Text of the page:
The Court of Justice of the European Union (CJEU) confirmed earlier this year that a 3-D representation of a shop layout can, in principle, be registered as a trade mark.

If you are a retailer or an interior designer or brand manager working with retail you should be aware of the impact of this decision. It provides another way for brands to cement their corporate personality into intellectual property assets (in this case trade marks) which can then be leveraged to further distinguish the brand from competitors.

The case arose because Apple sought to extend its US trade mark for a representation of its store layout internationally through an international trade mark application (using what is called the Madrid Protocol). This included a trade mark application in Germany. The German courts first rejected the trade mark application, but on appeal from Apple sought clarification from the CJEU as to whether a store layout was capable of being registered as a trade mark.

The CJEU’s answer was yes, a store layout could be registered as a trademark provided it met certain criteria. A trade mark can consist of any sign which is capable of being represented graphically. Most often this is a business name or logo, but it will also include designs, shapes or packaging of goods. Whether it is a word, logo, or design, the mark applied for must be capable of distinguishing the goods or services of one brand from another. The CJEU determined that a representation of a store layout would be a graphical design and it therefore met the first hurdle, unlike, for example smells or sounds which despite their potential distinctiveness cannot be represented graphically.

The second vital requirement was that the trade mark store layout must be capable of distinguishing the trade mark owner’s goods. This means that the trade mark, i.e. the representation of the store layout, calls to the mind of a reasonably well-informed member of the public the name of the trade mark owner. This is unlikely to be an easy test to pass. The CJEU advised that the layout would have to depart significantly from the customs or norms of the relevant retail sector.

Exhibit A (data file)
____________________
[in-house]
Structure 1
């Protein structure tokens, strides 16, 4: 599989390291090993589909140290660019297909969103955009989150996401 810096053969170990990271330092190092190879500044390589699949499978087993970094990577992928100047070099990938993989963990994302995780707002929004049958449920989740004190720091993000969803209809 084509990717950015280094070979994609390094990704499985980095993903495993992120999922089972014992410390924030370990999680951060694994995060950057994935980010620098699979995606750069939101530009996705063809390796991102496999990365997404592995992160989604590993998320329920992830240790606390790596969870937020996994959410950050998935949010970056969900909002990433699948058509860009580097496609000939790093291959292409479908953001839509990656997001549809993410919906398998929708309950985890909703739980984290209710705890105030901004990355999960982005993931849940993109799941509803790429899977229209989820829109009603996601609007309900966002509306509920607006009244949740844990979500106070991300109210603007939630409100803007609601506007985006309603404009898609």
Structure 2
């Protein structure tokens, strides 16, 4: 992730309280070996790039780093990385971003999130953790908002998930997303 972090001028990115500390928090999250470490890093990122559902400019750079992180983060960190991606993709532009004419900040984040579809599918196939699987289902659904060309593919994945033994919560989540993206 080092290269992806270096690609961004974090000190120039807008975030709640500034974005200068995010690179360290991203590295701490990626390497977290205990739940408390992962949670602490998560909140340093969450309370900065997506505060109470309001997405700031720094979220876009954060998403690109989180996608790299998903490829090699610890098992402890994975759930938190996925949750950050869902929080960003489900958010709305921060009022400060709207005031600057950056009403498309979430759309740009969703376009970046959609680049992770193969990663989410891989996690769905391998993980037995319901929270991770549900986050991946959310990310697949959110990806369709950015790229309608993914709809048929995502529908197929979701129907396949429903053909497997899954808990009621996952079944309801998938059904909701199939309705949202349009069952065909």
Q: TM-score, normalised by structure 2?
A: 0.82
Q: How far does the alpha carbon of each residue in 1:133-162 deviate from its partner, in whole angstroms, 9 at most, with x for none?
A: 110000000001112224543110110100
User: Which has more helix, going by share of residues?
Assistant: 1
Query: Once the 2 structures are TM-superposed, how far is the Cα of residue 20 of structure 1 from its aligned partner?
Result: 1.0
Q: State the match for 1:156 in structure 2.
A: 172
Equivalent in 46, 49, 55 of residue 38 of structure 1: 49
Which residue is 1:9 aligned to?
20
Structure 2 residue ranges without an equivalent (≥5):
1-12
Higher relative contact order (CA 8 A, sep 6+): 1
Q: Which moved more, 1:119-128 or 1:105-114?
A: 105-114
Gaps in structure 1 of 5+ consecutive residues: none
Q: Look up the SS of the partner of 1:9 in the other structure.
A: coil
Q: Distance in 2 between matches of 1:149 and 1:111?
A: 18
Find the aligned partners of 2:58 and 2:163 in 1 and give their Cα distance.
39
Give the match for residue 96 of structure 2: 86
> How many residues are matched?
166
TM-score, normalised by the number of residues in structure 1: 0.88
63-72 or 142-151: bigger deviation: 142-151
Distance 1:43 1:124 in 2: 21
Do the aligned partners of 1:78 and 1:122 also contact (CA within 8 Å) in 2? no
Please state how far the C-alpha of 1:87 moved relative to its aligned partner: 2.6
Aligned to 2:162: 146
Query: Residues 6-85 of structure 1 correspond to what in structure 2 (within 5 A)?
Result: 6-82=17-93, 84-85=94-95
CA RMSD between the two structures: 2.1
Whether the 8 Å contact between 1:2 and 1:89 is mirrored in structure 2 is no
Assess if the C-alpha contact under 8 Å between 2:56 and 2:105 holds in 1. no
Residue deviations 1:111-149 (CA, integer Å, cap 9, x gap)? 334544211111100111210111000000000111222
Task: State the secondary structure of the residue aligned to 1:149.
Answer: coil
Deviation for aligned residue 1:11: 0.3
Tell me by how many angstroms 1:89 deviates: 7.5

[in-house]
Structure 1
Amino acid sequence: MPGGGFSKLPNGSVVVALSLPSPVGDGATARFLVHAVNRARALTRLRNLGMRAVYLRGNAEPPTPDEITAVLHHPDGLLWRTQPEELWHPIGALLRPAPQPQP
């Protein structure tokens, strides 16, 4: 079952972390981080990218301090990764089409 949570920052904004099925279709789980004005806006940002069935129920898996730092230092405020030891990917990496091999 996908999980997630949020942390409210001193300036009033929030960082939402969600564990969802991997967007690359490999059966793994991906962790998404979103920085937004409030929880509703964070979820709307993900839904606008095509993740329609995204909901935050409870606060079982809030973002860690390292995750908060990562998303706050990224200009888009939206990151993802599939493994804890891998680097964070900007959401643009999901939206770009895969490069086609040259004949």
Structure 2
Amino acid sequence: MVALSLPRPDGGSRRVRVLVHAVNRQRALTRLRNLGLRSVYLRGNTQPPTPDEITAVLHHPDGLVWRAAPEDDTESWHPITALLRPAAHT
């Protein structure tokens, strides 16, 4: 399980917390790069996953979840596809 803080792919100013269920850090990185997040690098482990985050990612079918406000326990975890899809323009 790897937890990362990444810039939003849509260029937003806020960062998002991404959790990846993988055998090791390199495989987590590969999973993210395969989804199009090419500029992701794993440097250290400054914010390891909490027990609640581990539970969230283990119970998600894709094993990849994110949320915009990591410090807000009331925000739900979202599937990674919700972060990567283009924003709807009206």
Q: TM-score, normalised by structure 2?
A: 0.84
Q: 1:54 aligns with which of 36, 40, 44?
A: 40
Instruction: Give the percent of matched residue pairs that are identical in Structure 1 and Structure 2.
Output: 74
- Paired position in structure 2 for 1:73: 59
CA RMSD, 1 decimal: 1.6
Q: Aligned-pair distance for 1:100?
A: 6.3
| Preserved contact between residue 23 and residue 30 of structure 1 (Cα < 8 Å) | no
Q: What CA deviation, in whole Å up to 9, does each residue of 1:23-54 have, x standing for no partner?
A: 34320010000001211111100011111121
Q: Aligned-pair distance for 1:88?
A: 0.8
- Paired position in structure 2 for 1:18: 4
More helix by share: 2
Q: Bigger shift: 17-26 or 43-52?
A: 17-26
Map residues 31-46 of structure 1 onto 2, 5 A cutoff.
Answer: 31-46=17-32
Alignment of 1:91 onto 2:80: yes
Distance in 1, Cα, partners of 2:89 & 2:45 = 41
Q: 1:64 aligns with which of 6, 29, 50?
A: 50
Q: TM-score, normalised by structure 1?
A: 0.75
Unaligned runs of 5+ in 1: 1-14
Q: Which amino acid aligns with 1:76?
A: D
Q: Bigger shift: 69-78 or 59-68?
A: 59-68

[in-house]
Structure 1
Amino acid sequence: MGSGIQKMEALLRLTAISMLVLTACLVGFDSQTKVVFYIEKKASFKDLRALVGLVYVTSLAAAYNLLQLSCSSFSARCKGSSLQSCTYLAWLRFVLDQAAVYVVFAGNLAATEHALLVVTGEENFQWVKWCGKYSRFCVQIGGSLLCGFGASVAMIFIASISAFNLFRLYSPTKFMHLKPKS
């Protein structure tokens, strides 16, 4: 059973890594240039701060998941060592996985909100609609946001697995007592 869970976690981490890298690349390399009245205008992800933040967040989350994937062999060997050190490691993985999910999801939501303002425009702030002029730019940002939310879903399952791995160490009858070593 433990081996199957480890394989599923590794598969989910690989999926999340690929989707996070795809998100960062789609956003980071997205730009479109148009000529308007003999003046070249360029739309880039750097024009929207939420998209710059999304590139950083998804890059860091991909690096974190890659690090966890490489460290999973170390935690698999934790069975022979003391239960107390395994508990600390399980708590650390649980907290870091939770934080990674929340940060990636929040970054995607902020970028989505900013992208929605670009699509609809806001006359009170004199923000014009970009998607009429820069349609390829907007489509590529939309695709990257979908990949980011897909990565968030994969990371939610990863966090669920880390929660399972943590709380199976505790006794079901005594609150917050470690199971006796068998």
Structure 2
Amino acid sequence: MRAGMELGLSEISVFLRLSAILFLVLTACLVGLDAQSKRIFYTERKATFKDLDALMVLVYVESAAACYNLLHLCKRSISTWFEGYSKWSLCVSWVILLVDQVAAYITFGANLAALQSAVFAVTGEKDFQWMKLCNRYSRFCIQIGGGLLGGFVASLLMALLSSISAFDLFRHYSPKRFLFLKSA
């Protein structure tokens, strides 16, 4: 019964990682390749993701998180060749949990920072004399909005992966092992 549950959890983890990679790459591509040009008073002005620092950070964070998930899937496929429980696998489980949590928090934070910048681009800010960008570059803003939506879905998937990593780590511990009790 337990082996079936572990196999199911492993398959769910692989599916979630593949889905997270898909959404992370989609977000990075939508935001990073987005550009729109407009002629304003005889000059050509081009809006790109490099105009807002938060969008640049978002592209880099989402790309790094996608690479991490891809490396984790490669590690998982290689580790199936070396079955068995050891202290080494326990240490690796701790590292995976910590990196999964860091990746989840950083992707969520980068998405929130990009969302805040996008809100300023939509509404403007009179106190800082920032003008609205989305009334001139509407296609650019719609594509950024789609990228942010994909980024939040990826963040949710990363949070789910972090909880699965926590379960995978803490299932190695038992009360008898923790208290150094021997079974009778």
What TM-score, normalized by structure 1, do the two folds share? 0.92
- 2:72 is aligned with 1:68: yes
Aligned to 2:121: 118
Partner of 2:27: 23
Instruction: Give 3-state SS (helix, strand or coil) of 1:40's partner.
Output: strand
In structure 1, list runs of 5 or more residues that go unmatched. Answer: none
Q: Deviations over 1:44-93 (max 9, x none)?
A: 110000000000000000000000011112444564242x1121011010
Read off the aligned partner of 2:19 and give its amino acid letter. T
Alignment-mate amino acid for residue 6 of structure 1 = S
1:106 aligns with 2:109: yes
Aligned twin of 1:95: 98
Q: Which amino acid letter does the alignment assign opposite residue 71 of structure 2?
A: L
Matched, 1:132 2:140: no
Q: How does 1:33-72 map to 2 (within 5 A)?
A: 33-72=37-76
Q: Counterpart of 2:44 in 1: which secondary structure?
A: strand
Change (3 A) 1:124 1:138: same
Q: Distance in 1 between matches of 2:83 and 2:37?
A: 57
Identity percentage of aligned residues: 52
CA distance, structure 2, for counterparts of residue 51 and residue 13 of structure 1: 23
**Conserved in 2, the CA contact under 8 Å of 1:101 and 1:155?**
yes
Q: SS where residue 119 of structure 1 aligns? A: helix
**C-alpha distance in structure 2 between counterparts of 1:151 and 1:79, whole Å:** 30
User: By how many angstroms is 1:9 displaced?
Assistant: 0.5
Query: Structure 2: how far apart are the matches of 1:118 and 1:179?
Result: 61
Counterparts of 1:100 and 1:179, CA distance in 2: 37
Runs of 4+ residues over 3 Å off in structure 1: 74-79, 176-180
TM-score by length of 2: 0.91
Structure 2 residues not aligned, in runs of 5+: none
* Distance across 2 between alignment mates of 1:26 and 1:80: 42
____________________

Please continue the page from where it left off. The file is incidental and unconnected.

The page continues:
The CJEU left it to the German court to determine if the Apple layout is sufficiently unusual to attract trade mark protection, and we have not yet heard their decision, but the CJEU said that it “has features that distinguish it from the usual layout of retail stores in that industry” which perhaps signals the likely ultimate result.

If you are a retailer and are keen to see if you could register a trade mark for the representation of your store layout consider:

  • Do you have a “signature” store layout?
  • Do you consider (or know) your signature layout to be something that your customers consider to be distinctly yours?
  • Is your signature store layout noticeably different to those of your competitors?

If the answer to all the above questions is “YES” then you may be able to register your store layout as a trade mark. If you further questions about this or your intellectual property portfolio please contact us.